The Basic Health Services Sub-pillar gauges perceptions of the quality and accessibility of healthcare services, extent of out-of-pocket health expenses, access to improved drinking water and sanitation, inequality in access to safe drinking water and sanitation, undernourishment, particulate matter concentration, as well as gender-gap health measures including sex ratio at birth, female healthy-life expectancy as compared to male, and, finally, inequality-adjusted life expectancy.
Pillar 7: Fiscal Transfers
- Tax Code
- Social Protection
- To what extent does the country’s tax system seek to countervail income inequality without undermining economic growth? How much of its tax burden falls on labor, capital, and consumption relative to its peers?
- To what extent are a country’s public social protection systems engaged in mitigating poverty, vulnerability, and marginalization?
A nation’s fiscal policy – the way governments collect and spend public resources – can play a major role in reducing poverty and inequality. Taxation is an important source of revenue to fund social protection programs and provides a means of directly redressing market inequalities. However, taxes must be designed well to minimize loopholes and ensure progressivity (that they are levied more strongly on those best able to afford them), and transfers must be targeted well to adequately reach those most in need without dampening incentives to work, save, and invest. This sub-pillar includes indicators measuring total tax revenue, total tax wedge as a percentage of labor costs, the incidence of taxes on capital, property,inheritance, and consumption, as well as the overall progressivity of the tax system and perceptions of its impact on incentives to work and invest (Tax Code Sub-pillar).
Social safety nets of various sorts can help societies mitigate the effects of external and transitory livelihood shocks as well as to meet the minimum needs of the chronically poor so that they too can participate in and benefit from growth. These include policies and programs to reduce the risks of unemployment, underemployment, or low wages resulting from inappropriate skills or poorly functioning labor markets. Other social insurance programs are designed to cushion risks associated with ill health, disability, work-related injuries, and old age. Social assistance and welfare schemes such as cash or in-kind transfers are intended for the most vulnerable groups that have no other means of adequate support. This sub-pillar includes indicators that comparatively assess: the total fiscal effort on coverage of public disability and health insurance; coverage and adequacy of public pension, unemployment, disability and health benefits; progressivity of pension benefits and perceived government spending; and adequacy of social assistance and insurance (Social Protection Sub-pillar).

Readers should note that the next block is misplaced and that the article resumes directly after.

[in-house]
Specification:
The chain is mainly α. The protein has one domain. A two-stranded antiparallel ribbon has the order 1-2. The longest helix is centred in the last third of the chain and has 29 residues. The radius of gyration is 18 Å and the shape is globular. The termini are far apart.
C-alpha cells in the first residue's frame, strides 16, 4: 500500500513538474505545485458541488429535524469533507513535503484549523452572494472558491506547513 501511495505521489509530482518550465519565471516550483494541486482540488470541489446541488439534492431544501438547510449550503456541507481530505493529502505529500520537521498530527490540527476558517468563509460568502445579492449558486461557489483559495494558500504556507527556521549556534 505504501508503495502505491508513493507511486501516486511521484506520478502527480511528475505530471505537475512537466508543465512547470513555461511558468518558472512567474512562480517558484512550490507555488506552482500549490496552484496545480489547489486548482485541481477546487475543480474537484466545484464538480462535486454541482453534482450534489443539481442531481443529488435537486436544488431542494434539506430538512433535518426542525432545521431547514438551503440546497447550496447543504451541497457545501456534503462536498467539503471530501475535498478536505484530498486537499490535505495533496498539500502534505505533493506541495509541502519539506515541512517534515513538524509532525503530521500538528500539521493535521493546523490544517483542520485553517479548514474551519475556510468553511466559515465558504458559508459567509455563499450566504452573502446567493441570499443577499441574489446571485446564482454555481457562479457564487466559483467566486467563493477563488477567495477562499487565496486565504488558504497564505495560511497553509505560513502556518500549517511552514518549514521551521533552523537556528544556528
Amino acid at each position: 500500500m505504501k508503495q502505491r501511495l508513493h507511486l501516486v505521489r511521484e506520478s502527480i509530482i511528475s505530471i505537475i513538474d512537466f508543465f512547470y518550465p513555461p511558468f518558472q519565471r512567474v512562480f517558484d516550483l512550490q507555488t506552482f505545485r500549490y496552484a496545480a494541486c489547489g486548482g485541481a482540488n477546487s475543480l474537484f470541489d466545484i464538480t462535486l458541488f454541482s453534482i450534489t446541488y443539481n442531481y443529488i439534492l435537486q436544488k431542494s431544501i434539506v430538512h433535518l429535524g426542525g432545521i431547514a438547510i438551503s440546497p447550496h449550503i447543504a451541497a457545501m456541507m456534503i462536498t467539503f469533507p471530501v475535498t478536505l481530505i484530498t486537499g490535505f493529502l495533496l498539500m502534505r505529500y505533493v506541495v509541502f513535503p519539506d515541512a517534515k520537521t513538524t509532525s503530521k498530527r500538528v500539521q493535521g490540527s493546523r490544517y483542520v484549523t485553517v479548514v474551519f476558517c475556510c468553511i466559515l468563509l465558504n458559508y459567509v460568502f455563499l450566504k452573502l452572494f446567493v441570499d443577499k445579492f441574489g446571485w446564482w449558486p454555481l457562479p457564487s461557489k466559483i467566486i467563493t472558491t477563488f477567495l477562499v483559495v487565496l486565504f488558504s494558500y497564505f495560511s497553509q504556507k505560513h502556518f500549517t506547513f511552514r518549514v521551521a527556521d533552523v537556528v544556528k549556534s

Box 4: The International Labor Organization’s Examination of Wages and Income Inequality
Debates about the economic role of wages have intensified in recent years. The ILO’s Global Wage Report 2014-2015 presents both the latest trends in average wages and an analysis of the role of wages in income inequality.1-4
Global wage growth has been driven almost entirely by emerging and developing economies, where real wages have been rising – sometimes rapidly – since 2007, albeit with major regional variations. In 2013, for example, real wage growth reached 6 per cent in Asia but was less than 1 per cent in Latin America and Africa, and China alone accounted for almost half of the world’s global wage growth. Comparing the purchasing power of their wages, an average American worker is still earning three times as much as a Chinese worker, but the gap is declining fast.
In developed economies, by contrast, wage growth has fluctuated within a narrow range since 2006 (plus or minus one per cent), and in some countries wages remain below their 2007 levels. In countries where labor productivity growth has exceeded real wage growth, higher wages would be desirable, to avoid widening inequality and slower economic growth.
Data shows that inequality often starts in the labor market. Changes in the distribution of wages and job losses accounted for 90 per cent of the sharp increase in inequality in Spain from 2006 to 2010, and 140 per cent of the increase in the United States in the same period. Conversely, when inequality fell considerably in Argentina (2003 to 2012) and Brazil (2001 to 2012), changes in the distribution of wages and paid employment accounted for 87 and 72 per cent of the change, respectively. This highlights the importance of coherent labor-market policies, including minimum wages and collective bargaining, alongside employment and social protection policies.